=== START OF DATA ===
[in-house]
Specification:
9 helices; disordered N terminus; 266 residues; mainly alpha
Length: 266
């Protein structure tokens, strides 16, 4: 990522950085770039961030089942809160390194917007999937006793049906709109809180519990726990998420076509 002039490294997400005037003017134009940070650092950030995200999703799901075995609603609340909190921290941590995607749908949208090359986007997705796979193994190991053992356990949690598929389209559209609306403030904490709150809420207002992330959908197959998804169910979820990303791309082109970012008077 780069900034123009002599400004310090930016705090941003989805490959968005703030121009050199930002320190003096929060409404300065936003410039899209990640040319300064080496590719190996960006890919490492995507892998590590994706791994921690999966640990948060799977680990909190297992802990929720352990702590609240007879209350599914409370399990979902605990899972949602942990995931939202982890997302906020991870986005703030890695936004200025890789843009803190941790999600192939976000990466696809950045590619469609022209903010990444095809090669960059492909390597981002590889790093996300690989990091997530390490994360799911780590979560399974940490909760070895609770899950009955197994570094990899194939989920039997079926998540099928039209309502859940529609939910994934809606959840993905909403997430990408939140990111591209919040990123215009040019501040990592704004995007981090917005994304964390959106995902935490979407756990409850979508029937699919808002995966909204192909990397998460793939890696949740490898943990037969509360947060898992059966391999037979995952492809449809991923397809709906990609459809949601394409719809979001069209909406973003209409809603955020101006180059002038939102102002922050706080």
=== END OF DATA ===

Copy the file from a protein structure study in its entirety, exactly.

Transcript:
[in-house]
Specification:
9 helices; disordered N terminus; 266 residues; mainly alpha
Length: 266
């Protein structure tokens, strides 16, 4: 990522950085770039961030089942809160390194917007999937006793049906709109809180519990726990998420076509 002039490294997400005037003017134009940070650092950030995200999703799901075995609603609340909190921290941590995607749908949208090359986007997705796979193994190991053992356990949690598929389209559209609306403030904490709150809420207002992330959908197959998804169910979820990303791309082109970012008077 780069900034123009002599400004310090930016705090941003989805490959968005703030121009050199930002320190003096929060409404300065936003410039899209990640040319300064080496590719190996960006890919490492995507892998590590994706791994921690999966640990948060799977680990909190297992802990929720352990702590609240007879209350599914409370399990979902605990899972949602942990995931939202982890997302906020991870986005703030890695936004200025890789843009803190941790999600192939976000990466696809950045590619469609022209903010990444095809090669960059492909390597981002590889790093996300690989990091997530390490994360799911780590979560399974940490909760070895609770899950009955197994570094990899194939989920039997079926998540099928039209309502859940529609939910994934809606959840993905909403997430990408939140990111591209919040990123215009040019501040990592704004995007981090917005994304964390959106995902935490979407756990409850979508029937699919808002995966909204192909990397998460793939890696949740490898943990037969509360947060898992059966391999037979995952492809449809991923397809709906990609459809949601394409719809979001069209909406973003209409809603955020101006180059002038939102102002922050706080």